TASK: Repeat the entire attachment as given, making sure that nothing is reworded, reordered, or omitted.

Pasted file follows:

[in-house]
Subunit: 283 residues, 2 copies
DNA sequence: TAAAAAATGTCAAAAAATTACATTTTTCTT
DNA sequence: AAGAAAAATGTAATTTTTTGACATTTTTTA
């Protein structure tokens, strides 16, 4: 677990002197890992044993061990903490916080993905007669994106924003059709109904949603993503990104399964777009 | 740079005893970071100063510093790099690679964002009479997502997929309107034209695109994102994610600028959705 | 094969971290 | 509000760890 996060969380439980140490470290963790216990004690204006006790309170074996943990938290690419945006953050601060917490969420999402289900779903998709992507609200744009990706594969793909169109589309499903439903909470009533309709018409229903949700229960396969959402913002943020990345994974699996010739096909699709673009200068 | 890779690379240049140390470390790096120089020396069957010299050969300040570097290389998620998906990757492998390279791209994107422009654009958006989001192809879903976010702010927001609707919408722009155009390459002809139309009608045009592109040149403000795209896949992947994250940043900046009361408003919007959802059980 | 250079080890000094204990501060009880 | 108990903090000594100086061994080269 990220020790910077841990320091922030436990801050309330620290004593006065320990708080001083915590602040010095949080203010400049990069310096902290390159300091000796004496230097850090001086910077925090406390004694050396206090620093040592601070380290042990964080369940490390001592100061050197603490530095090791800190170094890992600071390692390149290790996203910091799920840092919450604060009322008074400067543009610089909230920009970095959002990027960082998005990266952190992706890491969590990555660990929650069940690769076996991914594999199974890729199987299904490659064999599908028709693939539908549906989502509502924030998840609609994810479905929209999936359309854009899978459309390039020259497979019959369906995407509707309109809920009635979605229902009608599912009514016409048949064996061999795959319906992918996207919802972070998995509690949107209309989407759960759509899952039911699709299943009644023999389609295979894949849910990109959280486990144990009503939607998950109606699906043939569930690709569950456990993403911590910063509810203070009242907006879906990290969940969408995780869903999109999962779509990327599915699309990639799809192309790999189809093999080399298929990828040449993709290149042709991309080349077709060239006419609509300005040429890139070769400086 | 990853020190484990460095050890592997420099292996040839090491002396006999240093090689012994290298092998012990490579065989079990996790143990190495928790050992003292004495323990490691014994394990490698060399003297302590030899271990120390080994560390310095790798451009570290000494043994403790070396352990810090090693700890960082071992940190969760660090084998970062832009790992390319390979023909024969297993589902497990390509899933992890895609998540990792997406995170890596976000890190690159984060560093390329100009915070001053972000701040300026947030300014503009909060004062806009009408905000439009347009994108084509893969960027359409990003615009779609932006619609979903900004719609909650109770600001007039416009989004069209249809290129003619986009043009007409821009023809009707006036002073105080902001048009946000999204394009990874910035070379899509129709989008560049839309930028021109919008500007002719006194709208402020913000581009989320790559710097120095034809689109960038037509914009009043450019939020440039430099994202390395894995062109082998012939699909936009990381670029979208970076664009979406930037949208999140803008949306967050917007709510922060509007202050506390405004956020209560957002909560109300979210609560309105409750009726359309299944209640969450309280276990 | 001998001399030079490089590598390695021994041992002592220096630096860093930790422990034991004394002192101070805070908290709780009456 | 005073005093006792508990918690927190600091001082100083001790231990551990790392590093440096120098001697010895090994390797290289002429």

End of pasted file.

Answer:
[in-house]
Subunit: 283 residues, 2 copies
DNA sequence: TAAAAAATGTCAAAAAATTACATTTTTCTT
DNA sequence: AAGAAAAATGTAATTTTTTGACATTTTTTA
């Protein structure tokens, strides 16, 4: 677990002197890992044993061990903490916080993905007669994106924003059709109904949603993503990104399964777009 | 740079005893970071100063510093790099690679964002009479997502997929309107034209695109994102994610600028959705 | 094969971290 | 509000760890 996060969380439980140490470290963790216990004690204006006790309170074996943990938290690419945006953050601060917490969420999402289900779903998709992507609200744009990706594969793909169109589309499903439903909470009533309709018409229903949700229960396969959402913002943020990345994974699996010739096909699709673009200068 | 890779690379240049140390470390790096120089020396069957010299050969300040570097290389998620998906990757492998390279791209994107422009654009958006989001192809879903976010702010927001609707919408722009155009390459002809139309009608045009592109040149403000795209896949992947994250940043900046009361408003919007959802059980 | 250079080890000094204990501060009880 | 108990903090000594100086061994080269 990220020790910077841990320091922030436990801050309330620290004593006065320990708080001083915590602040010095949080203010400049990069310096902290390159300091000796004496230097850090001086910077925090406390004694050396206090620093040592601070380290042990964080369940490390001592100061050197603490530095090791800190170094890992600071390692390149290790996203910091799920840092919450604060009322008074400067543009610089909230920009970095959002990027960082998005990266952190992706890491969590990555660990929650069940690769076996991914594999199974890729199987299904490659064999599908028709693939539908549906989502509502924030998840609609994810479905929209999936359309854009899978459309390039020259497979019959369906995407509707309109809920009635979605229902009608599912009514016409048949064996061999795959319906992918996207919802972070998995509690949107209309989407759960759509899952039911699709299943009644023999389609295979894949849910990109959280486990144990009503939607998950109606699906043939569930690709569950456990993403911590910063509810203070009242907006879906990290969940969408995780869903999109999962779509990327599915699309990639799809192309790999189809093999080399298929990828040449993709290149042709991309080349077709060239006419609509300005040429890139070769400086 | 990853020190484990460095050890592997420099292996040839090491002396006999240093090689012994290298092998012990490579065989079990996790143990190495928790050992003292004495323990490691014994394990490698060399003297302590030899271990120390080994560390310095790798451009570290000494043994403790070396352990810090090693700890960082071992940190969760660090084998970062832009790992390319390979023909024969297993589902497990390509899933992890895609998540990792997406995170890596976000890190690159984060560093390329100009915070001053972000701040300026947030300014503009909060004062806009009408905000439009347009994108084509893969960027359409990003615009779609932006619609979903900004719609909650109770600001007039416009989004069209249809290129003619986009043009007409821009023809009707006036002073105080902001048009946000999204394009990874910035070379899509129709989008560049839309930028021109919008500007002719006194709208402020913000581009989320790559710097120095034809689109960038037509914009009043450019939020440039430099994202390395894995062109082998012939699909936009990381670029979208970076664009979406930037949208999140803008949306967050917007709510922060509007202050506390405004956020209560957002909560109300979210609560309105409750009726359309299944209640969450309280276990 | 001998001399030079490089590598390695021994041992002592220096630096860093930790422990034991004394002192101070805070908290709780009456 | 005073005093006792508990918690927190600091001082100083001790231990551990790392590093440096120098001697010895090994390797290289002429």